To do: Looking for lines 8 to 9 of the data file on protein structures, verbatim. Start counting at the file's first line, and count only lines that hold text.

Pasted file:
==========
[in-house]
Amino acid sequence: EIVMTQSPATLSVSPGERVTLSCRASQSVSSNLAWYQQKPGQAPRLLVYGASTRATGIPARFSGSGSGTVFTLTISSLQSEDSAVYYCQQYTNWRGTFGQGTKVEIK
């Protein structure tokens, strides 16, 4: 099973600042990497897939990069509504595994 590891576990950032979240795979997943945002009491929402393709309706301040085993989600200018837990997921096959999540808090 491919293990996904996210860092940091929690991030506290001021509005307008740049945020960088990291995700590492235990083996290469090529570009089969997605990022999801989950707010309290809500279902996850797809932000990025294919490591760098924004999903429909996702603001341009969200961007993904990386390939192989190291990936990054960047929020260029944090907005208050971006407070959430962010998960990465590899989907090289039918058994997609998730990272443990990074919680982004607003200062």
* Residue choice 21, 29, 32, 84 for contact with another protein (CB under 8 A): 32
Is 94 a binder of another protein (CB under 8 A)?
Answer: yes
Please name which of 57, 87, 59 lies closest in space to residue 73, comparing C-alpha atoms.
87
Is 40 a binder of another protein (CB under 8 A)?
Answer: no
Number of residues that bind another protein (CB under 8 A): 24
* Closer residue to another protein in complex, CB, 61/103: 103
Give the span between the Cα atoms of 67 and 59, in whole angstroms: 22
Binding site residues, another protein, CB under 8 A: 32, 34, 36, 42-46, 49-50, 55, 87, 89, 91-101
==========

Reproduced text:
87
Is 40 a binder of another protein (CB under 8 A)?